Content of the material
- What Does Self-Employed Mean?
- IRS Definition
- Benefits for Self-Employed People
- The Downside of Self Employment
- Types of Self-Employment
- 16.3 million
- 2. Choosing and registering a business name: Hint, it’s about licenses
- How Do You Show Proof of Income If You Are Self-Employed?
- Unemployment Tax Benefits During Coronavirus
- Running a business
- Other ways to work for yourself
What Does Self-Employed Mean?
Self-employed people earn a living by working for themselves, not as employees of someone else or as owners (shareholders) of a corporation. But there are various definitions of "self-employed" that vary slightly.
The IRS says that someone is self-employed if they meet one of these conditions:
- Someone who carries on a trade or business as a sole proprietor or independent contractor,
- A member of a partnership that carries on a trade or business, or
- Someone who is otherwise in business for themselves, including part-time business.
This definition would also include members (owners) of a limited liability company (LLC), because they are usually taxed as sole proprietors (single-member LLCs) or partners in a partnership (multiple-member LLCs).
Benefits for Self-Employed People
For the purpose of the CARES Act (2020) and the Families First Coronavirus Response Act (2020), "self-employed" refers to an individual who "regularly carries on any trade or business," which is a broad definition. (Note that it doesn't say "full-time," so it could include part-time businesses.)
For example, the definition for the Paycheck Protection Program includes a requirement that the worker operate “under a sole proprietorship or as an independent contractor” or as an “eligible self-employed individual.”
The Downside of Self Employment
It would be unfair to say that there are only advantages to self employment. There are some disadvantages to it also.
For instance you need to find clients, and work on your sales abilities so you can generate profit, and pay the rent.
You also need to be a jack of all trades also. From marketing, sales, project management, client management, customer service, payroll, invoicing, and so much more, self employment forces you out of your comfort zone, and into learning new things every day.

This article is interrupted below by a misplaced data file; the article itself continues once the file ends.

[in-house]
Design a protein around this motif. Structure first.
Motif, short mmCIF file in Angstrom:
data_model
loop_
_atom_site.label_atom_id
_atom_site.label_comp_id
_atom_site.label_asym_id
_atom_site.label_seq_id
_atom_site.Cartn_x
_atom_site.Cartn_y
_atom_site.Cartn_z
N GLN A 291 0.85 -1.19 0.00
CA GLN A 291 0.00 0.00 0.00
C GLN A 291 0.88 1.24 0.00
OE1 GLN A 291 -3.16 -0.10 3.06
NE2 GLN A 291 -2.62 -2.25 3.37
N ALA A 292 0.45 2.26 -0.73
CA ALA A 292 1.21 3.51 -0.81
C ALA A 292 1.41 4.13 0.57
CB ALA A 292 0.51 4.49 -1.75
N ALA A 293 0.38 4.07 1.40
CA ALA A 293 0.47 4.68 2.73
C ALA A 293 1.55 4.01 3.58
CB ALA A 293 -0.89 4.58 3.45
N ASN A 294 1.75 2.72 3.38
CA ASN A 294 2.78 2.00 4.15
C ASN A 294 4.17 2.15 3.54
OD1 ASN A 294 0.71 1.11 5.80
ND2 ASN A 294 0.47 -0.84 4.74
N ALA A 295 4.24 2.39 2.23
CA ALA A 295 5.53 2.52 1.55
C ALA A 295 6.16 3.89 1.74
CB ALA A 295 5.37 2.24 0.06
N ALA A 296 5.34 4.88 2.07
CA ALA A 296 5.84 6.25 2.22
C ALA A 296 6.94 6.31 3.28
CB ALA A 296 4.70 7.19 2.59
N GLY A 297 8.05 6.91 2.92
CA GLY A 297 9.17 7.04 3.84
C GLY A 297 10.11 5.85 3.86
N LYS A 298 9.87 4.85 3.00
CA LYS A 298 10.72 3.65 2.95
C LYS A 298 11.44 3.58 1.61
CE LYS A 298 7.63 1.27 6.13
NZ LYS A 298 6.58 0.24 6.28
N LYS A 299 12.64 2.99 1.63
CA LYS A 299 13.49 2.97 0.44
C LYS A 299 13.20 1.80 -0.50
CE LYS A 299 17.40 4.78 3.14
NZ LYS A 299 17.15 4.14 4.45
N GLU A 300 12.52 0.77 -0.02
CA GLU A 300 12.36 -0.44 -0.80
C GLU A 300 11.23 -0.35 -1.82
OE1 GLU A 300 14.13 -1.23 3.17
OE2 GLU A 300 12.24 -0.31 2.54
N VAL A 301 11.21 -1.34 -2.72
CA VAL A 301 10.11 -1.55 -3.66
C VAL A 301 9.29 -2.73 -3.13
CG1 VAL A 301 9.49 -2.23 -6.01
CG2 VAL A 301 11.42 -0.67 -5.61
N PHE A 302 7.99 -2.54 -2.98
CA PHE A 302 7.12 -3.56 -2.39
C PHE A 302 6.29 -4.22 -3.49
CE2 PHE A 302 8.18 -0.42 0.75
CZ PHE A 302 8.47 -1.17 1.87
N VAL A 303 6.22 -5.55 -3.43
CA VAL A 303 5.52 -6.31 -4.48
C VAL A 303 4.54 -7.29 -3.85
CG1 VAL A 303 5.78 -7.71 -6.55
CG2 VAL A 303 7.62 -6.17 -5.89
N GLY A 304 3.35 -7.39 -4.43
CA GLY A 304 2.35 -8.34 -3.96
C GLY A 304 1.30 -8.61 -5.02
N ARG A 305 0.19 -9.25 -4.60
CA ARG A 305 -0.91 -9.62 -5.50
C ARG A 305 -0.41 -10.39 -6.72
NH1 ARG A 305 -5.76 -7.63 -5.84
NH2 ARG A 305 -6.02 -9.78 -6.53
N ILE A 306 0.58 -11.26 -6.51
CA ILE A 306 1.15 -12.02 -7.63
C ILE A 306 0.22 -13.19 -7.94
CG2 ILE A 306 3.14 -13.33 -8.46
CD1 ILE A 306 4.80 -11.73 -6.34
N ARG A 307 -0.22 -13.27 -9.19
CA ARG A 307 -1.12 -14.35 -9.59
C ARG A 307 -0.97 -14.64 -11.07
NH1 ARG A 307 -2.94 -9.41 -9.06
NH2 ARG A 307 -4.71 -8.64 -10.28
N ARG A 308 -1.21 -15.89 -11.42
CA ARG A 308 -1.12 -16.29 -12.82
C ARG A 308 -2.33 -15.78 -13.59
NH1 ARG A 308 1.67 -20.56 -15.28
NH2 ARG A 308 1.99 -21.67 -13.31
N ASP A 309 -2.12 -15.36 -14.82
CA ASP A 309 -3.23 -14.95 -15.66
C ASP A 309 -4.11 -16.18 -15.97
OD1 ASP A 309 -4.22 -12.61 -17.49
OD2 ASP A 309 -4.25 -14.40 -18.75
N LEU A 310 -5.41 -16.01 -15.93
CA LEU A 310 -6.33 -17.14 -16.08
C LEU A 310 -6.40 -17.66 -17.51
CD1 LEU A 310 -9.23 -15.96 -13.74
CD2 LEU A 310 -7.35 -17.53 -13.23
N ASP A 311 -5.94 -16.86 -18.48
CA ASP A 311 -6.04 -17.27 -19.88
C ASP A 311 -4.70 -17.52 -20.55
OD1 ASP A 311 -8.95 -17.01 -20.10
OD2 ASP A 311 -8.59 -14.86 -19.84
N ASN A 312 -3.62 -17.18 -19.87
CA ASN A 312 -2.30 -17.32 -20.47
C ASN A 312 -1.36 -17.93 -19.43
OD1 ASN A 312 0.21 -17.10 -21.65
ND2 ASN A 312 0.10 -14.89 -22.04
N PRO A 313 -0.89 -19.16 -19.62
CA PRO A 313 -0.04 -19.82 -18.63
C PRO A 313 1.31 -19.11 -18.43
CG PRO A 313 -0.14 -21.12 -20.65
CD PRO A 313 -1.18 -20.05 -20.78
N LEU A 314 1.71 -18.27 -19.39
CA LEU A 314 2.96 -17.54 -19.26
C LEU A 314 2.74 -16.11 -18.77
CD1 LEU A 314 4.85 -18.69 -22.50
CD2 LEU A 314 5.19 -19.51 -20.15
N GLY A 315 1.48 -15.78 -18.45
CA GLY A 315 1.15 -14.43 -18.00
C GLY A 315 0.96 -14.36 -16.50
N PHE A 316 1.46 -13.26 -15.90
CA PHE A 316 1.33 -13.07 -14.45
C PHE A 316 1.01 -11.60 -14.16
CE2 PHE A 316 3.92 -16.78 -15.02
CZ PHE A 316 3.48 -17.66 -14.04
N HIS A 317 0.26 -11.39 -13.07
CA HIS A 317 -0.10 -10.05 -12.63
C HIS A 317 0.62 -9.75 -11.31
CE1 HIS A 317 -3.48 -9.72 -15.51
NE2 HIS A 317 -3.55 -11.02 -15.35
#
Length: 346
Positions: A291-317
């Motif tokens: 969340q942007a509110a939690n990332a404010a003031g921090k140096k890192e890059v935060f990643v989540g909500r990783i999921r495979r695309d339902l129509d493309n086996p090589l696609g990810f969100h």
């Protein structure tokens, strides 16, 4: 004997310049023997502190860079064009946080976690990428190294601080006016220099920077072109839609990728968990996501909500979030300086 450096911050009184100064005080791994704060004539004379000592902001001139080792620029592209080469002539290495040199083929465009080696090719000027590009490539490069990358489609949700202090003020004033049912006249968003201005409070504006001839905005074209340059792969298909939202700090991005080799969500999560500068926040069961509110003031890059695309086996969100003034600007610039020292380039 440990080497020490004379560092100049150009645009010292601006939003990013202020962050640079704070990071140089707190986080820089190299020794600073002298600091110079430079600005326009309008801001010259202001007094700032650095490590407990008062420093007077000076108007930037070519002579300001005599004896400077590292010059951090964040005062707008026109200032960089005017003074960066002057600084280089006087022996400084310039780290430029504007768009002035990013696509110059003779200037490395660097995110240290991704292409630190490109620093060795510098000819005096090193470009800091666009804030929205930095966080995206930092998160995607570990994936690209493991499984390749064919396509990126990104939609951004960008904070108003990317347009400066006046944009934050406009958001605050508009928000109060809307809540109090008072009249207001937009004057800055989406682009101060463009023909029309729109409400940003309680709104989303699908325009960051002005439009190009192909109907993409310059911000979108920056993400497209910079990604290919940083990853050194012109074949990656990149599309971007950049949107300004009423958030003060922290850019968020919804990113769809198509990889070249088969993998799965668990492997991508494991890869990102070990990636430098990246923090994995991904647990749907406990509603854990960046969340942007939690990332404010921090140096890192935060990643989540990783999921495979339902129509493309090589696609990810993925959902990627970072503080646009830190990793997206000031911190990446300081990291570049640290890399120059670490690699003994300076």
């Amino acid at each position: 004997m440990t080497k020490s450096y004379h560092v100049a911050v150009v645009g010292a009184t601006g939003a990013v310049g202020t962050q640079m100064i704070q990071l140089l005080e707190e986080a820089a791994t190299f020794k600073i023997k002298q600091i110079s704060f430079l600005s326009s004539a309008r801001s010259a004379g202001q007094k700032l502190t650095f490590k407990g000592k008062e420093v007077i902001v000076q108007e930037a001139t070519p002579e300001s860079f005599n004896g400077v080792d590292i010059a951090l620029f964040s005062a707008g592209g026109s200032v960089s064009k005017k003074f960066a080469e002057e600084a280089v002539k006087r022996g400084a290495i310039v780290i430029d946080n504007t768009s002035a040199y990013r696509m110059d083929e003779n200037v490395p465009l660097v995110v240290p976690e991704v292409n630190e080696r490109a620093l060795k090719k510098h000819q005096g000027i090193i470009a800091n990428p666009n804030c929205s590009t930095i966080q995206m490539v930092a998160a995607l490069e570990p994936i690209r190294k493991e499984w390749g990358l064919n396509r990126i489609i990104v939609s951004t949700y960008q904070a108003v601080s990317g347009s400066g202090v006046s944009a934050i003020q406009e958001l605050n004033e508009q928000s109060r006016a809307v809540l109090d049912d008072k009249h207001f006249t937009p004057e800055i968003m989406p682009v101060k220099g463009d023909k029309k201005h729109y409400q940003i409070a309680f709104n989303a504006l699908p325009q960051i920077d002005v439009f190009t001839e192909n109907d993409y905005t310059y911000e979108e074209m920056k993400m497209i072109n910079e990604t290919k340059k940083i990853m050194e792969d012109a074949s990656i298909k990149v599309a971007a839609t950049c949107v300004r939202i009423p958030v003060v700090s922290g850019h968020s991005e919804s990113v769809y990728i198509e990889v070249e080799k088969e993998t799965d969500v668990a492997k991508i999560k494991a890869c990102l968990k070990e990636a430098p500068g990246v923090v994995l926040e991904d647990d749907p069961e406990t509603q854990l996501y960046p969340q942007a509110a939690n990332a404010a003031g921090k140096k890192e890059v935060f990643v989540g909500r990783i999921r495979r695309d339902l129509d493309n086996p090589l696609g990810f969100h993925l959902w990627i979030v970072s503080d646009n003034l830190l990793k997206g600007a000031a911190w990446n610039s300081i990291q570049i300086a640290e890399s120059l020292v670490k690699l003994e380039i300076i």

Finally you might work alone most of the time, so you may not have a good support system in place, like if you were working within a team of people. This can lead to mental health issues, that you need to nip in the bud as soon as possible. Signing up for mindfulness classes, attended events for people in similar situations, and maintaining a good physical and social calendar can help to ensure your mental health doesn’t suffer when you become self employed.
Types of Self-Employment
Independent contractors are businesses or individuals hired to do specific jobs. They receive payment only for the jobs that they do. Because they are not considered employees, they do not receive benefits or workers’ compensation, their clients do not withhold taxes from their payments for work performed, and equal opportunity laws do not apply to them.
Examples of independent contractors include doctors, journalists, freelance workers, lawyers, actors, and accountants who are in business for themselves. It is worth noting that independent contractors are not just limited to specialized fields and can include a wide variety of jobs.
Sole proprietors are the only owners of unincorporated businesses, while partnerships involve two or more self-employed people who form a business together. Independent contractors, sole proprietors, and partnerships often hire a small number of employees to help them with their work.